PGP or Pretty Good (TM) Privacy is a high-security cryptographic software application that allows people to exchange messages with both privacy and authentication.
Privacy means that only those intended to receive a message can read it. By providing the ability to encrypt messages, PGP provides protection against anyone eavesdropping on the network. Even if a packet is intercepted, it will be unreadable to the snooper.
Authentication ensures that a message appearing to be from a particular person can have originated from that person only, and that the message has not been altered. In addition to its support for messages, PGP also enables you to encrypt files stored on your computer.
My PGP keys is available from the PGP public key servers. These can be accessed via WWW gateways like the one on pgpkeys.mit.edu, or via email to <firstname.lastname@example.org>. There's also the link at the start of this paragraph, of course.
I will happily verify my PGP key fingerprint for anyone who asks. Ideally, you should come down to my office (WeH 3210) and ask me to produce credentials, in which case I'll give you a piece of paper with the correct fingerprint written on it. I'll also verify it over the phone, but I reccommend against using that method unless you think you can recognize my voice, or don't intend to trust the verification much (for example, don't sign a key you verified that way).
Much of PGP's usefulness stems from the so-called "Web of Trust", in which connections are made by PGP signatures asserting that a key belongs to a particular individual. This allows you to send encrypted messages to people you have never met, if you are willing to trust claims made by third parties regarding what keys belong to whom.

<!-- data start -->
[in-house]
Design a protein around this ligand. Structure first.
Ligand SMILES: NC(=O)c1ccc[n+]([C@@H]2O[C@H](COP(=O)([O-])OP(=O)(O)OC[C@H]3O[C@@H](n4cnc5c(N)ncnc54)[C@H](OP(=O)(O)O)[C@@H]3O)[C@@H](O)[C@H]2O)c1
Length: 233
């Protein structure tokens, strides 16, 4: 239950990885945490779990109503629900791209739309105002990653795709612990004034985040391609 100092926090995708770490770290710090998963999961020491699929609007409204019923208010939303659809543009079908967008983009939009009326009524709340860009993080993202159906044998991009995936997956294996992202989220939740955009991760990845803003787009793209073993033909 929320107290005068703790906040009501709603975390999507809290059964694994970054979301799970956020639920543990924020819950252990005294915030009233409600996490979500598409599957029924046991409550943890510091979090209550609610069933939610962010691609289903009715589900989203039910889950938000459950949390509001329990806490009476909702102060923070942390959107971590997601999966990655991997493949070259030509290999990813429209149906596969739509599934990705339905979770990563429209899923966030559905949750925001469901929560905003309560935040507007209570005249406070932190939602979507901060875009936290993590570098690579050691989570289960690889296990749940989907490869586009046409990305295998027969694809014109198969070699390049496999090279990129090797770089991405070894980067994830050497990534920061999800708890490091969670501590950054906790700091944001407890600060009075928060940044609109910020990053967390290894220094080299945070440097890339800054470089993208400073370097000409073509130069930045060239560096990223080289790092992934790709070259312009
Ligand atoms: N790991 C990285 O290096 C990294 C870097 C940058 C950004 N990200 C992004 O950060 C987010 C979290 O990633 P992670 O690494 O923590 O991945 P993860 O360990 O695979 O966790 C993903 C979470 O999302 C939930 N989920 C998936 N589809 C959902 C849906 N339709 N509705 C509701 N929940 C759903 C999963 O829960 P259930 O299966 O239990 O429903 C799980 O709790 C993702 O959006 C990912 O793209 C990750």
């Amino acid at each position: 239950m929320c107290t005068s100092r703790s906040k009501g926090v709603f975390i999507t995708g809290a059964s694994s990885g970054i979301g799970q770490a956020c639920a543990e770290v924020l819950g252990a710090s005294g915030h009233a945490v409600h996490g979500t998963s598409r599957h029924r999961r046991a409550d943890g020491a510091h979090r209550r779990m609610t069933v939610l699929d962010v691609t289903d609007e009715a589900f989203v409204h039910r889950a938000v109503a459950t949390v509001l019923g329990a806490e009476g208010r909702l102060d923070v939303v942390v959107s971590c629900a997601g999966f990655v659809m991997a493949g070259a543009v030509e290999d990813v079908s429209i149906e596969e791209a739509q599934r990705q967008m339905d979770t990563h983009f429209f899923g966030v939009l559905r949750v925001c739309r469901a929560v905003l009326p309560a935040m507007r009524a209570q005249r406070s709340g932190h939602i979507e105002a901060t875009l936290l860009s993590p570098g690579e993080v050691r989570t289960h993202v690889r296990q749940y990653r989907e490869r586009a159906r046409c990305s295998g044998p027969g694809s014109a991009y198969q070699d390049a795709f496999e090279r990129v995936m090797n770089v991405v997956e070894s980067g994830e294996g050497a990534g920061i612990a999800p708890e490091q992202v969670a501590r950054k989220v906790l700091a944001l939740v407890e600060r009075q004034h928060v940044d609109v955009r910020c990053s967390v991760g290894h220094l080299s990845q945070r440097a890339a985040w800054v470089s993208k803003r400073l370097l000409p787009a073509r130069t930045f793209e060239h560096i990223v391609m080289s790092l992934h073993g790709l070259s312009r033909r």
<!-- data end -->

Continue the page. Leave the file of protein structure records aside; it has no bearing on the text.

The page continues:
Find trust paths to me: Find trust paths from me:
I will sign anyone's PGP key on request. To get your key signed, all you need to do is stop by my office (WeH 3210) with the items listed below. It's probably a good idea to call first, to make sure I'm around. I'll verify your key fingerprint on the spot, email you a signed copy of your PGP key, and forward it on to the key servers.
When you stop by, please bring two forms of identification (at least one must have a photograph) and a copy of your PGP key fingerprint. Be prepared to tell me where to get a copy of your PGP public key, or else bring a copy on an MS-DOS format 3.5" floppy, an ISO-9660 CD-ROM, or a USB memory key. People who I know well enough are exempt from the ID requirement.
Each year I host a number of key-signing events, in which groups of people gather to exchange key fingerprints information, hopefully leading to everyone getting some new signatures. PGP key-signing events have been a regular fixture at IETF meetings for many years; they are normally held on Wednesday evening after the plenary. I also occasionally host events on Carnegie Mellon's campus in Pittsburgh, PA.